Cape Cod-style brick homes can be found throughout the older neighborhoods of Cheverly. (Jim Brocker/for The Washington Post)

They’ve lived in Cheverly only since February, but Jennifer and Abou Kone already feel as if they belong. For one thing, they have met all their neighbors — something that didn’t happen when they were living in Northern Virginia.

“Here, we saw the people walking around, kids playing,” said Jennifer, 27, who discovered the area while traveling to her information technology sales customers. “We thought it was so pretty.”

Her husband, Abou, enjoys the town’s diversity and welcoming spirit. Cheverly “makes you feel like a part of something, and not just in it,” said Abou Kone, 29.

Residents have found that it’s easy to be a part of this Prince George’s County community of 6,500. Many have chosen to join groups such as the Parent Resource Center and the Cheverly Community Market. There are environmental groups, a garden club, an American Legion post, the Boys & Girls Club, Boy Scouts and Girl Scouts, the swim club, and church, school and civic organizations.

Michael Callahan, the town’s mayor since 2010, said he and his wife, Peggy, were looking for an affordable place within commuting distance when they moved from Arlington County in 1985. “We had no intention of staying. But what we found was it was a community we just couldn’t leave,” said Callahan, 58, who raised his three children in Cheverly and was active in the Boys & Girls Club.

(Laris Karklis/The Washington Post)

“Somebody has an idea and people do a tremendous job of supporting it,” Callahan said. “People give back to the community on a very consistent basis.”

Multigenerational: The pull of the community was also strong for Jeanne and John Doherty, who grew up in Cheverly and returned to raise their children. Jeanne, 50, whose father is town historian Raymond Bellamy, is one of several generations of her family to live in Cheverly. The town’s Bellamy Park is named for her grandfather.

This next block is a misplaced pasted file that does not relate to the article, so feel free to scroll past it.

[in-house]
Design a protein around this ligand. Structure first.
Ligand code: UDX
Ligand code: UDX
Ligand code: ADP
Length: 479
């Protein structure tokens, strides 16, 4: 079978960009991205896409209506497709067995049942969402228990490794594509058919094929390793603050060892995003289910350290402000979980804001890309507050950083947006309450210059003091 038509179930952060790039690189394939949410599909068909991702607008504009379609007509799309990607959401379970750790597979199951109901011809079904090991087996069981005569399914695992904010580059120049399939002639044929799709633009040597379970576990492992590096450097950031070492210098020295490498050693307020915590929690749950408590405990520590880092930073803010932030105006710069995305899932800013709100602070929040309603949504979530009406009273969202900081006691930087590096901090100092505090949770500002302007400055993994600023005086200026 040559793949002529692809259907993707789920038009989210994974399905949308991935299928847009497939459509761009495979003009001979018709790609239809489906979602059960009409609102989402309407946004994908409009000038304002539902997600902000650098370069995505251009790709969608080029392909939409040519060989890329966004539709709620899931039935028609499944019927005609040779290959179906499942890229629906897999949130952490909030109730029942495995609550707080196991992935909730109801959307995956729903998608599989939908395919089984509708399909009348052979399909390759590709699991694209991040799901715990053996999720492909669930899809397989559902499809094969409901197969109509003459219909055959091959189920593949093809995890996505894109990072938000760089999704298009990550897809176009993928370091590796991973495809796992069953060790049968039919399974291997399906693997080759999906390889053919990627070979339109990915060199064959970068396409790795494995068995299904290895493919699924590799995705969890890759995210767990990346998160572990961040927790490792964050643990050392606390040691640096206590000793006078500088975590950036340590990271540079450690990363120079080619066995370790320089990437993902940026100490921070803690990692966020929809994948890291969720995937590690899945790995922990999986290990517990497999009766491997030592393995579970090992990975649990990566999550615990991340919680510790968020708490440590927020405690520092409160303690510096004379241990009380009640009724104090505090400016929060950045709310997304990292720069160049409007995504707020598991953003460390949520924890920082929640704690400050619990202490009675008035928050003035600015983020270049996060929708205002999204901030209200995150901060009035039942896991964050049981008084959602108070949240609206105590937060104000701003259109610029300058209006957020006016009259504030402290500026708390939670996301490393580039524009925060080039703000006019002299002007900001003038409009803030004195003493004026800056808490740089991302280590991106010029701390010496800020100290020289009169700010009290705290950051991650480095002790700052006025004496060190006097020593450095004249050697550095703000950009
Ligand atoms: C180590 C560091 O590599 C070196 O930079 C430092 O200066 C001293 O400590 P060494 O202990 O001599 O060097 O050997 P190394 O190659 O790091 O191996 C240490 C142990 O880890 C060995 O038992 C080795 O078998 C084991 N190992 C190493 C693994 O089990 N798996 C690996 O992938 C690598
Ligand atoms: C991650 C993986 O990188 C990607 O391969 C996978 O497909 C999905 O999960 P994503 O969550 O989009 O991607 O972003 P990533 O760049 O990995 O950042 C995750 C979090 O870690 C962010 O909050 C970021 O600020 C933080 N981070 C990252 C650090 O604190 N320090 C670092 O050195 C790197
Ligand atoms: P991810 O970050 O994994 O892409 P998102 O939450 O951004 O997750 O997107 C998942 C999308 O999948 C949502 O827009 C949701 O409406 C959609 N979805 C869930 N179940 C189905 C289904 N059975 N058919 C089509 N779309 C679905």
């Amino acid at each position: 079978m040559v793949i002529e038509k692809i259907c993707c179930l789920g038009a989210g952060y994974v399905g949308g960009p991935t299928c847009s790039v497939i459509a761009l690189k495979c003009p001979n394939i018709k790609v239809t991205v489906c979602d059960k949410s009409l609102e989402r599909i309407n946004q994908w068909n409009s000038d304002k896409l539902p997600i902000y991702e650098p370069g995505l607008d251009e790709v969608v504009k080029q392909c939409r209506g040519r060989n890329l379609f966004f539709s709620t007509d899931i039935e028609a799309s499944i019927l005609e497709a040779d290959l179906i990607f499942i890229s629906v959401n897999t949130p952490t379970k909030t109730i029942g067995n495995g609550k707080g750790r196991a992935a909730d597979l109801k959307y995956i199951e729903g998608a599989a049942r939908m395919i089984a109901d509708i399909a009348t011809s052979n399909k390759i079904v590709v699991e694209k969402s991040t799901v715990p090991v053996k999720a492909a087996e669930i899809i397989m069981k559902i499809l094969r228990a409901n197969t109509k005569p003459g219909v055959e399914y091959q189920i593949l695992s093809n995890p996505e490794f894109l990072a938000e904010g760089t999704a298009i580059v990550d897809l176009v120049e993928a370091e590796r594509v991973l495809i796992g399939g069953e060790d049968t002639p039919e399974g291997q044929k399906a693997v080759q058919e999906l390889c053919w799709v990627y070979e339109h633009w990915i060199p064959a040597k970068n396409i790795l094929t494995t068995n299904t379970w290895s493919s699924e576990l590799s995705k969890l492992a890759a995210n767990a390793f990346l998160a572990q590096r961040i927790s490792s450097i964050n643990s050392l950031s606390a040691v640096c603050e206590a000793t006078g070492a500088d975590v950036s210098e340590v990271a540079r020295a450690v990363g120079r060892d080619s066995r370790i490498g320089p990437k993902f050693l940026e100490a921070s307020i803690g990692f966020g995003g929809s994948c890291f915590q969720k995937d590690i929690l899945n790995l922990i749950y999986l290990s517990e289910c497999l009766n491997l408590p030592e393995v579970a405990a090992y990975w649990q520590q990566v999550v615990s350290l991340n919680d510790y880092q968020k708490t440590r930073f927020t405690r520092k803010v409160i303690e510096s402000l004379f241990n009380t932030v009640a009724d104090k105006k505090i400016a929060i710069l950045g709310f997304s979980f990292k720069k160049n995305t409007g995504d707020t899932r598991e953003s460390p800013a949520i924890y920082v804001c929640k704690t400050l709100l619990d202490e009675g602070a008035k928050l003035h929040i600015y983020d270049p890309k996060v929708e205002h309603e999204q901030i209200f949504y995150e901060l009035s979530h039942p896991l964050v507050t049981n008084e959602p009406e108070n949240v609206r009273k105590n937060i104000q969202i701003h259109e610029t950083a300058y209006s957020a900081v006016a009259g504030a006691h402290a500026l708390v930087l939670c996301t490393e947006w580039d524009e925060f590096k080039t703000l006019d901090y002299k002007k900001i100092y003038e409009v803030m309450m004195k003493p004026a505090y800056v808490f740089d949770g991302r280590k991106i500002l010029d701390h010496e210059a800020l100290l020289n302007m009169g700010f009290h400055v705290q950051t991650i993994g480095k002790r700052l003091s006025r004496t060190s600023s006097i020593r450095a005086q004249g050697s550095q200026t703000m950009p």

“I think it’s a great place to make memories with your family,” she said while her niece, Jenna Bellamy, romped through a playground on a Sunday afternoon in Gast Park, known locally as “Cheese Park” because its yellow play equipment resembles Swiss cheese. John, 51, recalled playing football in the same park as a youngster. He and his wife attended St. Ambrose School in Cheverly.

Brian Callahan, 37, who is not related to the mayor, was busy running after his sons, Shea, 4, and Gavin, 2, at the park. He had high praise for the town’s play group that meets Mondays, Wednesday and Fridays. “We’ve met a lot of great friends,” he said.

Nearby attractions: Cheverly’s snug location between major highways just minutes from the D.C. line has long attracted government workers. Commuters gravitate to Chev­erly, says Michael Callahan, because of the inside-the-Beltway location that allows easy access via automobile or the Cheverly Metrorail station. “You can get back at 6 or 6:30 and have a family life,” he said.

In addition to Metrorail and Metrobus, Cheverly is served by Prince George’s County’s transit system, The Bus.

The community also is close to Prince George’s Hospital Center, the Publick Playhouse performing arts center, and several shopping areas along the Route 202 corridor.